porticoviewWe just got back from a glorious week on the west coast. Starting in Portland we ate our way up to Bellingham, WA and then back down a bit to Whidbey Island before flying out of Seattle. We were joined by two wonderful friends from Wisconsin (M/B) who are in our current eating group and two other great friends (P/K) who were part of our former gang of foodies in Green Bay. They now live in Bellingham, truly a wonderful place to visit. We thank them for choosing so well.

On Whidbey Island we stayed at the Boatyard Inn in Langley (for your information this is all Washington State except for the Portland part). It was a nice inn but it wasn’t a B & B nor did it have a restaurant attached, however the town of Langley had a lot of eateries. For lunch on our second day we ventured out to find someplace different, someplace good and someplace worthy of a group of foodies. We aren’t, for the most part, picky eaters but if all the menu has to offer is seafood I, for one, might not be happy.

Earlier while we had been shopping Pamela & Barbara has spotted a sign for the Portico: Latin Bistro & Cantina.

portico3portico2

 

 

 

 

 

 

 

After checking out a pizzeria and a Mediterranean grill, this looked more promising. And don’t you just love chalkboards, especially ones propped up on a chair and secured with a brick? The entrance was down a short hall  and looked quite nice. And yes, there was a water view (see the opening banner photo).

Portico entrance

Portico entrance

The restaurant featured Latin American cuisine, which incorporated the tastes of Mexico, the Caribbean, Andean and Spanish. The small menu offered just two starters and five entrees but no one felt that the choices were limited.  Curt got things rolling by immediately ordering a plate of Chifles for the table. I took this as a good sign that he had quickly looked over the offerings and knew he was going to like the food here.

Chifles

Chifles

The Chifles were deep-fried green plantains with a garlic cilantro dipping sauce. They were excellent, the dipping sauce was wonderful, and everyone quickly polished them off while deciding what to order. P/K, M/B and I all decided on the Tostadas de Cochinita Pibil. They each were splitting their entree along with ordering Roasted Pineapple Salads. I was eating all my tostadas by myself.

tostadasThe tostadas consisted of braised pork with lettuce and salsa yucateca, which was a pickled onion relish. The dish came with rice and black beans. All was really good..

pineapplesaladThe salad was listed as a starter but our friends were glad they chose to share it because it could have been an entree  in itself. There were mixed greens, broiled pineapple, cotija cheese, avocado, and sweet potatoes all drizzled with a garlic & cumin vinaigrette. Another flavorful success!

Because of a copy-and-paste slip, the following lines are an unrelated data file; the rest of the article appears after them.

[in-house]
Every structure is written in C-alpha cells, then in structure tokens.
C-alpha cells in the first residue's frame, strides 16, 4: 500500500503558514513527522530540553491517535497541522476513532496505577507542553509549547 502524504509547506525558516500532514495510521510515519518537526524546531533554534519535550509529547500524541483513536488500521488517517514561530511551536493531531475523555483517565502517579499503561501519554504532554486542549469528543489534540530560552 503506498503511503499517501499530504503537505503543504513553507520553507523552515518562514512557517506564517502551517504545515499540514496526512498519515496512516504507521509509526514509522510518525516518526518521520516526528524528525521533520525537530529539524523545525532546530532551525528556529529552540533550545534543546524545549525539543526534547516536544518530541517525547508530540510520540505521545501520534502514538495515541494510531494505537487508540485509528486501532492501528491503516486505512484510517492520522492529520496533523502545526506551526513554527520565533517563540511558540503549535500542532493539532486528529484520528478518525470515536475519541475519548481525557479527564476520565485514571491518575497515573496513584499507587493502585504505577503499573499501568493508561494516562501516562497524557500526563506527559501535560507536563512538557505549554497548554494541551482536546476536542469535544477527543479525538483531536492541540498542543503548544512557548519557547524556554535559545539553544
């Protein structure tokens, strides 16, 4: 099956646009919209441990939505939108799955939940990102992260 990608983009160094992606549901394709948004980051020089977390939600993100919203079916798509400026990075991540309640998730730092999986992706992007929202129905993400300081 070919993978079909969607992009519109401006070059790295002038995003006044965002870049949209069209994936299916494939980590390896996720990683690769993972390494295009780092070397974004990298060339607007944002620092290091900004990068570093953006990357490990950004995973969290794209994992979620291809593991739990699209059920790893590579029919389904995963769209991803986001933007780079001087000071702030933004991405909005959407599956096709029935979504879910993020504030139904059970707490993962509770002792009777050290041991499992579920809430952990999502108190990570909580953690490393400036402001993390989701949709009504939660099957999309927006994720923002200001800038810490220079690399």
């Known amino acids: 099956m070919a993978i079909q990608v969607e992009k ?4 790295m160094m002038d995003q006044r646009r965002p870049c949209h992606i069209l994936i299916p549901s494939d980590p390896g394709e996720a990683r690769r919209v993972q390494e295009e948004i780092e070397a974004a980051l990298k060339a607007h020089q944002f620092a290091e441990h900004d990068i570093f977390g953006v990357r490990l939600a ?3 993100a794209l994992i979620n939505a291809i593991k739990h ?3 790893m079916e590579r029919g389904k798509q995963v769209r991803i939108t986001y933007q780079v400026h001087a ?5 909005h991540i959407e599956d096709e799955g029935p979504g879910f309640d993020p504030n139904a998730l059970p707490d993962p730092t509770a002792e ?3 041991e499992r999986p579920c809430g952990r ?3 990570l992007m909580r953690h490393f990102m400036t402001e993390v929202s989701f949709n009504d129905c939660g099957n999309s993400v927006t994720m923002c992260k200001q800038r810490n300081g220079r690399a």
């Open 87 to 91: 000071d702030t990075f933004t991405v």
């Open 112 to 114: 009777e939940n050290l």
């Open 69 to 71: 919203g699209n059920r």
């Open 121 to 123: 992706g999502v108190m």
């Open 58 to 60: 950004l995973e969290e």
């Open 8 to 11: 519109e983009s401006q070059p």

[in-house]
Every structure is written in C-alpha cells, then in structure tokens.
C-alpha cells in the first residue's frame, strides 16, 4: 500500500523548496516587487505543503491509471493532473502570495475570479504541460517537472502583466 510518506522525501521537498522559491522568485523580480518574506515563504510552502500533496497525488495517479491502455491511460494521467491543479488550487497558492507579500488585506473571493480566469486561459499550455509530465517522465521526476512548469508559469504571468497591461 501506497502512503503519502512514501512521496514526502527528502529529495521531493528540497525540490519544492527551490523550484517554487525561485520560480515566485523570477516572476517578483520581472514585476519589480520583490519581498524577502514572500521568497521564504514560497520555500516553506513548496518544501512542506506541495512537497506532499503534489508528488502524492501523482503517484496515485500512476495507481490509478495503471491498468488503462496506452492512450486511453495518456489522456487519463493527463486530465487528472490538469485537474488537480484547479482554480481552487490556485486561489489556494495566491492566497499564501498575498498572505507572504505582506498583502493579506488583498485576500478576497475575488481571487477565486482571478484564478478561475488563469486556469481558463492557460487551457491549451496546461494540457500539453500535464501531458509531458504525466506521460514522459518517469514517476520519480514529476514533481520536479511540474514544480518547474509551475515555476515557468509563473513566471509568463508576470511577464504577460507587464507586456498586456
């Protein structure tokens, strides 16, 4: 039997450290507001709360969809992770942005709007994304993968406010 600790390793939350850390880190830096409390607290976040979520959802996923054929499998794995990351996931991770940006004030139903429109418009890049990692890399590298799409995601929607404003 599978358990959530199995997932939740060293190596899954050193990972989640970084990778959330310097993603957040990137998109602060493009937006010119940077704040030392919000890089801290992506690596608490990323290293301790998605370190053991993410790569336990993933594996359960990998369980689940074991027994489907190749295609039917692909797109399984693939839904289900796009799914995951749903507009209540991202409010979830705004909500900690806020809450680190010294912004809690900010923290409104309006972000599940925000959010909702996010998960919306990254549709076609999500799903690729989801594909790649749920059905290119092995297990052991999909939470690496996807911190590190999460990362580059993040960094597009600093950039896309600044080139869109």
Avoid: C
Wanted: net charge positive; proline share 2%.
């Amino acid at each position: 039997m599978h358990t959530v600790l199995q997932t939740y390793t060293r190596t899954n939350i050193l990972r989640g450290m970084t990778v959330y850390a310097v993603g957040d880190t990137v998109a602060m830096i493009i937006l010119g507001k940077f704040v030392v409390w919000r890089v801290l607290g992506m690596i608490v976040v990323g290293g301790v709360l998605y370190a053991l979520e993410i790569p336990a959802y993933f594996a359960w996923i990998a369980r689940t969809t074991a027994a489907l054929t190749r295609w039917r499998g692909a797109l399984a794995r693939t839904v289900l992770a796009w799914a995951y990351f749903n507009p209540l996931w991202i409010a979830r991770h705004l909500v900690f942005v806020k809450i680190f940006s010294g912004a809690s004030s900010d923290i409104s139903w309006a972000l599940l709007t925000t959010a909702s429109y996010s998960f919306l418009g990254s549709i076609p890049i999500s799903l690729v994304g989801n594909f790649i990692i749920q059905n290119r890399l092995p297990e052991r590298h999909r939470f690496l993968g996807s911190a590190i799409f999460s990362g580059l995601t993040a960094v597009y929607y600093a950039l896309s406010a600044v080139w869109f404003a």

Curt chose Ropa Vieja. The name means “Old Clothes” because the dish, consisting of slow cooked Cuban beef, peppers, and onions is supposed to resemble a pile of colorful rags. This came with fried plantains, rice, black beans and a dab of salsa yucateca. He loved it and I agreed, because I had a taste.

Ropa Vieja "Old Clothes"

Ropa Vieja “Old Clothes”

We had some interesting microbrews with lunch along with a lot of good conversation and naturally a lot of laughs. We are a merry group. And even though we all were full the waitress talked us into ” a chocolate flan to die for.” How could we resist? One order, six spoons and it was so good we devoured it before I even thought of taking a picture. Sorry.

All in all a very good choice for lunch. In hindsight I wish we had gone back for dinner that evening because there was still Ecuadorian Ceviche, Chicken Enchiladas with Mole de Xalapa and Jamaica Jerk Chicken to try.

Dinner was Served

It has been a week since Curt and I were shopping and cleaning and prepping for our Foodie Group dinner. But last Saturday did finally arrive. There were a few minor blips like forgetting the salad forks (my husband suddenly turned into Emily Post as the salad was served) and not spreading the vegetables out on the dinner plates (that remaining empty area next to the potatoes looked like we missed something). But everything tasted good and there was a lot of lively conservation and laughter, so I think it was a success.

We got so caught up in the cooking and plating and serving that I didn’t take any pictures but here is my table setting. It was fun having the dinner on Valentine’s Day.

tableAnd I know I was being coy about the menu last week but now that all is finished, this is what was served.

UntitledThe salad was very good, the potatoes were interesting, the carrots and beets could have been more attractive though they tasted good, the meat was fine but not special and maybe a little overdone. I could have had a 2nd and a 3rd of dessert but restrained myself. But in my opinion, the star of the evening was the chowder. Curt based the chowder on an escargot/mushroom appetizer he had at Le Petit Chatelet when we were in Paris. This restaurant is right next to the famous “Shakespeare and Company Bookstore.” You can get a glimpse of it in the last seconds of Woody Allen’s movie, “Midnight in Paris.”

credit: Paris for Epicureans, 2014